Editorial – World’s Fasted Editorial

Why do I keep doing this to myself?

This week, we have some 35 pages of content in The Voice Magazine. It could have been shorter, I technically could have left out one or two of the regular columns that arrived late, but it was just good stuff and I always feel like I should try to give you as much as I possibly can. Besides, I’ve already got three articles on deck for next week, so that issue is already shaping up to be a large one.

Unfortunately, it means I end up in situations like this, where getting the layout to gel seems to take an endless amount of time, and so I end up rushing through an editorial right at the deadline. Not that anybody who knows me is terribly surprised. I’ll admit, I have a horrible track record of leaving the things that are solely my responsibility to the last minute. Given the nature of Athabasca University, I’m probably not alone. Even that you’re reading The Voice Magazine right now instead of hitting the books means your learning style may be closer to mine than you’d like. But if you are a chronic procrastinator, take heart, you’re among your peers here.

At any rate, one of the things keeping me busy this week was a report on the most recent public council meeting, that happened on January 14th. You can find it in this week’s Council Connection, including a call for volunteers for AUSU’s new Executive Compensation Review Committee. Since then, AUSU has also had one of their discussion meetings, and I’ve been told that one resolution that came from it was “BIRT AUSU develop a goal for the AUSU Goals 2015-2016 to support The Voice Magazine as an important member service and communication forum of AUSU.” When you remember that as recently as the by-election, council members were raising the question of whether The Voice Magazine should be supported at all, this seems to signal a significant change of heart.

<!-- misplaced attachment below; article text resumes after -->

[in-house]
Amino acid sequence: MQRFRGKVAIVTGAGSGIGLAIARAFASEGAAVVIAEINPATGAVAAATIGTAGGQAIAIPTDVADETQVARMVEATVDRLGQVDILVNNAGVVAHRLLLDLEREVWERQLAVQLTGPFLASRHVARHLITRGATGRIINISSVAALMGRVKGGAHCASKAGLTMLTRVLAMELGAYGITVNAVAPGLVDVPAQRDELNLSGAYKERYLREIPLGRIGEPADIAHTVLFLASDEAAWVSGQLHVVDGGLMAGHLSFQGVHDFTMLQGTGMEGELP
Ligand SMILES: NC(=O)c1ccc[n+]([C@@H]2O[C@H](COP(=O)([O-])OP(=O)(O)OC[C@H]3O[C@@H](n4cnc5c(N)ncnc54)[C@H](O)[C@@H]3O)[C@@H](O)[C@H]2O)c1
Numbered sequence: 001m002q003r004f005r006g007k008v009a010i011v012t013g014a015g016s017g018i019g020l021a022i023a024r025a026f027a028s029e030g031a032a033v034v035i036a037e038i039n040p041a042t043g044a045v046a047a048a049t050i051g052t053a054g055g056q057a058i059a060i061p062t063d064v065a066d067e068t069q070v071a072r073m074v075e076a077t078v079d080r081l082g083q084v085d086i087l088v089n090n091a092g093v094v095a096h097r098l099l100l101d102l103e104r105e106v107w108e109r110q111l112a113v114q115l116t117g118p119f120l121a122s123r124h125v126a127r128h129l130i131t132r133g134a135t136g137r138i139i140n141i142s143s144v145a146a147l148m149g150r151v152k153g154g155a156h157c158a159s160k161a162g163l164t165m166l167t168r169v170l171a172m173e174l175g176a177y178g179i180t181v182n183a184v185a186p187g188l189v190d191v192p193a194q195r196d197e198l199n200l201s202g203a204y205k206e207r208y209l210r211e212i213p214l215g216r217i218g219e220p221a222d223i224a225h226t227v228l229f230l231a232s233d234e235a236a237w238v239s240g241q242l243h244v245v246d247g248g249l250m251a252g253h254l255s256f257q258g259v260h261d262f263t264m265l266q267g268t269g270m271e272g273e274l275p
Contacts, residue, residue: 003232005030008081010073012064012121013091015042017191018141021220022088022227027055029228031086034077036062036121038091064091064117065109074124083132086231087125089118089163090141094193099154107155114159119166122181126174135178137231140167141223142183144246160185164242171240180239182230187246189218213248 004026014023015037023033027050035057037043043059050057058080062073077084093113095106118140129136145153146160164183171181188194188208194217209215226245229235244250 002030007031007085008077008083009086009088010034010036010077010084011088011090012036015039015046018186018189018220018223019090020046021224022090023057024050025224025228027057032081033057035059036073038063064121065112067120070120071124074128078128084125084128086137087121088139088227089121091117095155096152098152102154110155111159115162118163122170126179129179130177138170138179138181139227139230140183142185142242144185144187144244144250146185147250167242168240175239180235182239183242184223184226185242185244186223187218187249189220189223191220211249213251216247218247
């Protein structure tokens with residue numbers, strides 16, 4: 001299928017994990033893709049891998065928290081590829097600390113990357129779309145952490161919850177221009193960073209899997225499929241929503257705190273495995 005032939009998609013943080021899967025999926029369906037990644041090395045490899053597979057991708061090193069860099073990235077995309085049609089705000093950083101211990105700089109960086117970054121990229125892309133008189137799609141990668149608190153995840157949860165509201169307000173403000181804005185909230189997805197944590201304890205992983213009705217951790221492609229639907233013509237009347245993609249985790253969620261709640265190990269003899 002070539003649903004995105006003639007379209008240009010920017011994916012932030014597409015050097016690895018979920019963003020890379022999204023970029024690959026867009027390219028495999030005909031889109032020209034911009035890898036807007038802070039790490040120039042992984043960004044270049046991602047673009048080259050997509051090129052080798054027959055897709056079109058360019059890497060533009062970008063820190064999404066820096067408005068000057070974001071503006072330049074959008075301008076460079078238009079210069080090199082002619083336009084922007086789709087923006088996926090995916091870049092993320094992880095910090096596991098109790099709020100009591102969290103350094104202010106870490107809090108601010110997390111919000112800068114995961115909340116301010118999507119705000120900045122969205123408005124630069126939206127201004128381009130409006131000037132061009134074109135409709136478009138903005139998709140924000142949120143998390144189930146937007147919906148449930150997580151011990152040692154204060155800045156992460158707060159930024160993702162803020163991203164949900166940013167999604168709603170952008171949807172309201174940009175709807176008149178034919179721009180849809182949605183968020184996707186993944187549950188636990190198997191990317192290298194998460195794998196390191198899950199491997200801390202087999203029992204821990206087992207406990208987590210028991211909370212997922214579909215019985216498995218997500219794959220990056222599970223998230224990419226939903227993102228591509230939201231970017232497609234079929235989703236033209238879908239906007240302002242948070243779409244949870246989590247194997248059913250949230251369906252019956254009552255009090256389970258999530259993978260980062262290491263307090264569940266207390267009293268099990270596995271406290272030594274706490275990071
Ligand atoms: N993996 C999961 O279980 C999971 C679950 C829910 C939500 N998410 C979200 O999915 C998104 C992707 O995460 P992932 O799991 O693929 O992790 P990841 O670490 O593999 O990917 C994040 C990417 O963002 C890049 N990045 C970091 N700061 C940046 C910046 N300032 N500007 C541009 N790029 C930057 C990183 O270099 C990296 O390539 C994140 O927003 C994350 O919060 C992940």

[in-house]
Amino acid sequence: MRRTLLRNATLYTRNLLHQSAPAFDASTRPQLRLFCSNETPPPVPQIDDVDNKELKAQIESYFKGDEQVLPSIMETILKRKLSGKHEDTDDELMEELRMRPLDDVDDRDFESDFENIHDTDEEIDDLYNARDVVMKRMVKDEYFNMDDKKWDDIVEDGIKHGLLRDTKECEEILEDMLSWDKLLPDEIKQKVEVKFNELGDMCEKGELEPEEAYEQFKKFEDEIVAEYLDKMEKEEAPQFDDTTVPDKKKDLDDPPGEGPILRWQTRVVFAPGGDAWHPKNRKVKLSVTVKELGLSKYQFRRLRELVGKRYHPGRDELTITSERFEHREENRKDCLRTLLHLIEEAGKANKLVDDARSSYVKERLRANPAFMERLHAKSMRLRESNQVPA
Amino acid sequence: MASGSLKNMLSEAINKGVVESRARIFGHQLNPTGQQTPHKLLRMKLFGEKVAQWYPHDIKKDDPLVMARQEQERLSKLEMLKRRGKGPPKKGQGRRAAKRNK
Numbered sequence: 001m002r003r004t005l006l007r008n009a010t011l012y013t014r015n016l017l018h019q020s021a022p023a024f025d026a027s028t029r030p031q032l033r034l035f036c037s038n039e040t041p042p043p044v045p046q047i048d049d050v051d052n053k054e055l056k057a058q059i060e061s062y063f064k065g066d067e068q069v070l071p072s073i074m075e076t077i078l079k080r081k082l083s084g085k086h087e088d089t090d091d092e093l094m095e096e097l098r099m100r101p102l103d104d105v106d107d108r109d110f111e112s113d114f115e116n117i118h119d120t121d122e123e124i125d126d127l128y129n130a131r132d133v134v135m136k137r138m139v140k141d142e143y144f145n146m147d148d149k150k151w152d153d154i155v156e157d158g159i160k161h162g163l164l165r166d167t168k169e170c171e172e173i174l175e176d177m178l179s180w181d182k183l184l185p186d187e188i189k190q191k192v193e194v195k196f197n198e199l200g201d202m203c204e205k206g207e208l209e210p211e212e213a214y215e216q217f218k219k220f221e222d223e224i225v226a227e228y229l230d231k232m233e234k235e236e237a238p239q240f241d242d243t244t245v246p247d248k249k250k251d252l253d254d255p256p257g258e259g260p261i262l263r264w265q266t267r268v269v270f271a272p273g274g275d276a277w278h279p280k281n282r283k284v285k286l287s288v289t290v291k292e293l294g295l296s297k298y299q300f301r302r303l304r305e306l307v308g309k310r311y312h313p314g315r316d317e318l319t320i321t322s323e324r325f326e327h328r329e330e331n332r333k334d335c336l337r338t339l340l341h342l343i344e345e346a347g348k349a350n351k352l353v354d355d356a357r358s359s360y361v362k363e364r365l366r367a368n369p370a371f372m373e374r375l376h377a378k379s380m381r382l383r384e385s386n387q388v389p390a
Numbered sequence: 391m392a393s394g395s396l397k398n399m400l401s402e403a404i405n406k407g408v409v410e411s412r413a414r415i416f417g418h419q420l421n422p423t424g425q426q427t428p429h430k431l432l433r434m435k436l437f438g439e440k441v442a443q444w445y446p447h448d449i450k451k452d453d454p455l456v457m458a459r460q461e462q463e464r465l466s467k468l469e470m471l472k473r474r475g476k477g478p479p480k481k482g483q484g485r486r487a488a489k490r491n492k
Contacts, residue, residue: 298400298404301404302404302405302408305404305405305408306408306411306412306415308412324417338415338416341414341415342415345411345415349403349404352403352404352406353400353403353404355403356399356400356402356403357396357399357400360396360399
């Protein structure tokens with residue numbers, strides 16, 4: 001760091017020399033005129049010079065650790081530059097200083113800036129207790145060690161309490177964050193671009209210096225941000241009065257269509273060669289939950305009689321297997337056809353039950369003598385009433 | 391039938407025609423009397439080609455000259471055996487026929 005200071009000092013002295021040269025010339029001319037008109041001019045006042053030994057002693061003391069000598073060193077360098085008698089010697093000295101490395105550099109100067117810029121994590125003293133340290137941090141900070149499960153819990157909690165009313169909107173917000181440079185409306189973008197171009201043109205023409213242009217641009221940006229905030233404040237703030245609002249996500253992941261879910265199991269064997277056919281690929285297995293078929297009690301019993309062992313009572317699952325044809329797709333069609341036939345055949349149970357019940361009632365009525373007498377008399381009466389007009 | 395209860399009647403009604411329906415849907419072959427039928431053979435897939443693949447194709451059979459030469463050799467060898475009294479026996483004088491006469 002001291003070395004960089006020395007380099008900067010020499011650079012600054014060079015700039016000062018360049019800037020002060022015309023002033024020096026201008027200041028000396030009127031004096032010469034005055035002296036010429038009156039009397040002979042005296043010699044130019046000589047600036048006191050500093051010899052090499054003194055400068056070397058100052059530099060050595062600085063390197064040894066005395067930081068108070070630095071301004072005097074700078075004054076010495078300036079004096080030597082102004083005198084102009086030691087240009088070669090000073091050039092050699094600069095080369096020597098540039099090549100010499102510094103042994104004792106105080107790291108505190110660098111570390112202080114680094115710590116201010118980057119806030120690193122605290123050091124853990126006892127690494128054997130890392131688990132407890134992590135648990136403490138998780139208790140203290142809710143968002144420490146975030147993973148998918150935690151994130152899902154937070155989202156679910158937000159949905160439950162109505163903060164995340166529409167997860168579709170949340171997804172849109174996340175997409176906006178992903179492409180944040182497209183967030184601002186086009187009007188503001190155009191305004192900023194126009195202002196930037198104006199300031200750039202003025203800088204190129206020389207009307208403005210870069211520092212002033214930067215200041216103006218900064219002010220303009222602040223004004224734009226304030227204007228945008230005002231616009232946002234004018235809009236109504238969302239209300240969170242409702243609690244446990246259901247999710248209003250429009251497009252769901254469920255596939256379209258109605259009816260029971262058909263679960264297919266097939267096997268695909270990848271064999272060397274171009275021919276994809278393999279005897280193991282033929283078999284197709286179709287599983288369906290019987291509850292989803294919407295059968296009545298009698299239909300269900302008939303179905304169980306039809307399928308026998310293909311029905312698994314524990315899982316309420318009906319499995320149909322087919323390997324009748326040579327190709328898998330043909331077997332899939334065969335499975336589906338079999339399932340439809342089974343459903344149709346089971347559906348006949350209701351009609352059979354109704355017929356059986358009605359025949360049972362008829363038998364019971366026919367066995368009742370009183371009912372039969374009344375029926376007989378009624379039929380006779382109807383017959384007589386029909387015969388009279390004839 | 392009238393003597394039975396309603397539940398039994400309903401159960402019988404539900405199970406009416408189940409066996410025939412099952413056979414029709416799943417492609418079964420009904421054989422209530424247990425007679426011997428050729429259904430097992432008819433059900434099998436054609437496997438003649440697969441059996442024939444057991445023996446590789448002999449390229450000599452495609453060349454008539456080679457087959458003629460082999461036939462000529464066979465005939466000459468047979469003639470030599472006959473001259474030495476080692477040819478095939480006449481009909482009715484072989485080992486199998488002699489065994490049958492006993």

Also this week, I have a new instalment of Course Exam, and this week we’re looking at the new Religious Studies course, Death and Dying in World Religions, with an interview with the Course designer. Carla Knipe has also completed her look at one of the issues specific to Athabasca University, the different ways that students take their exams. From the exam centres in AU Calgary and Edmonton, to the invigilation network, she’s talked to students from all three to give us a comparison. So now you’ll know what you’re missing out on, and whether you should be happy about that or not.

I can’t forget our Feature article this week, Minds We Meet, brings us student Amanda Gillis. For her, AU is a way that allows her to manage her long-distance relationship, and her even longer-distance trips to Hawaii, between her leading Girl Guide groups and finishing her degree.

Plus, a new instalment of The Travelling Student, a look at what your personal library might be missing, and music as health care are all just some of the things you’ll get in this issue of The Voice Magazine.

Enjoy the read!

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